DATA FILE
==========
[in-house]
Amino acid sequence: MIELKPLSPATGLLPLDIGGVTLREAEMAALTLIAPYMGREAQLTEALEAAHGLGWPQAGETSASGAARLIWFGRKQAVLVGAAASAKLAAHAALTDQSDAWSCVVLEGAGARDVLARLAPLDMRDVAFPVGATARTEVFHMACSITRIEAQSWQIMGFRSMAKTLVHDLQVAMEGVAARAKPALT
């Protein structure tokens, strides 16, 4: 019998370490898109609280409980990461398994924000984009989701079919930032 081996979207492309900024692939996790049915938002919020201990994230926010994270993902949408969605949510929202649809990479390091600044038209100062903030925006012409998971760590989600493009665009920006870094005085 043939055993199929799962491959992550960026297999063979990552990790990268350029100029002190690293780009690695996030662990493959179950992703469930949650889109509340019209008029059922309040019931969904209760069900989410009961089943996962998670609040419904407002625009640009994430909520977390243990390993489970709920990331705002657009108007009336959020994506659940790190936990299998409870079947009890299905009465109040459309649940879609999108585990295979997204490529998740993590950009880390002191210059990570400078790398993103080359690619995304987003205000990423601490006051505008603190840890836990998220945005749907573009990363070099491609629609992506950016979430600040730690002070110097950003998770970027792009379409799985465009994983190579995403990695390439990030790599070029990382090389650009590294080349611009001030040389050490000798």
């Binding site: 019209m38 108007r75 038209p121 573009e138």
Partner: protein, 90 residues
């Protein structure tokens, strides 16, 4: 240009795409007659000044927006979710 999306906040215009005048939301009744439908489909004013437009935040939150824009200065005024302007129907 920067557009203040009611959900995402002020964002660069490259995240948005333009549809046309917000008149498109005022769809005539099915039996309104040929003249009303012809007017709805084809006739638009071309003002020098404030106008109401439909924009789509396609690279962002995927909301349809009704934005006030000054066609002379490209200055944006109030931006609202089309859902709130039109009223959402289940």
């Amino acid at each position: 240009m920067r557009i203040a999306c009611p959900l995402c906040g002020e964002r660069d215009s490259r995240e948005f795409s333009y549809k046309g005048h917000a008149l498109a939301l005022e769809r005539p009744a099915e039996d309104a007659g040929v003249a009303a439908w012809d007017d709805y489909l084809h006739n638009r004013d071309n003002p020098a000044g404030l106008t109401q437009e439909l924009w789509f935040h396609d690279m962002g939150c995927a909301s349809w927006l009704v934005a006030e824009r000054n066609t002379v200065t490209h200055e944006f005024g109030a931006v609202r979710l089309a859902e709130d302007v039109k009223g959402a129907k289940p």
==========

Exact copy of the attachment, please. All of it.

[in-house]
Amino acid sequence: MIELKPLSPATGLLPLDIGGVTLREAEMAALTLIAPYMGREAQLTEALEAAHGLGWPQAGETSASGAARLIWFGRKQAVLVGAAASAKLAAHAALTDQSDAWSCVVLEGAGARDVLARLAPLDMRDVAFPVGATARTEVFHMACSITRIEAQSWQIMGFRSMAKTLVHDLQVAMEGVAARAKPALT
């Protein structure tokens, strides 16, 4: 019998370490898109609280409980990461398994924000984009989701079919930032 081996979207492309900024692939996790049915938002919020201990994230926010994270993902949408969605949510929202649809990479390091600044038209100062903030925006012409998971760590989600493009665009920006870094005085 043939055993199929799962491959992550960026297999063979990552990790990268350029100029002190690293780009690695996030662990493959179950992703469930949650889109509340019209008029059922309040019931969904209760069900989410009961089943996962998670609040419904407002625009640009994430909520977390243990390993489970709920990331705002657009108007009336959020994506659940790190936990299998409870079947009890299905009465109040459309649940879609999108585990295979997204490529998740993590950009880390002191210059990570400078790398993103080359690619995304987003205000990423601490006051505008603190840890836990998220945005749907573009990363070099491609629609992506950016979430600040730690002070110097950003998770970027792009379409799985465009994983190579995403990695390439990030790599070029990382090389650009590294080349611009001030040389050490000798």
């Binding site: 019209m38 108007r75 038209p121 573009e138």
Partner: protein, 90 residues
């Protein structure tokens, strides 16, 4: 240009795409007659000044927006979710 999306906040215009005048939301009744439908489909004013437009935040939150824009200065005024302007129907 920067557009203040009611959900995402002020964002660069490259995240948005333009549809046309917000008149498109005022769809005539099915039996309104040929003249009303012809007017709805084809006739638009071309003002020098404030106008109401439909924009789509396609690279962002995927909301349809009704934005006030000054066609002379490209200055944006109030931006609202089309859902709130039109009223959402289940």
């Amino acid at each position: 240009m920067r557009i203040a999306c009611p959900l995402c906040g002020e964002r660069d215009s490259r995240e948005f795409s333009y549809k046309g005048h917000a008149l498109a939301l005022e769809r005539p009744a099915e039996d309104a007659g040929v003249a009303a439908w012809d007017d709805y489909l084809h006739n638009r004013d071309n003002p020098a000044g404030l106008t109401q437009e439909l924009w789509f935040h396609d690279m962002g939150c995927a909301s349809w927006l009704v934005a006030e824009r000054n066609t002379v200065t490209h200055e944006f005024g109030a931006v609202r979710l089309a859902e709130d302007v039109k009223g959402a129907k289940p």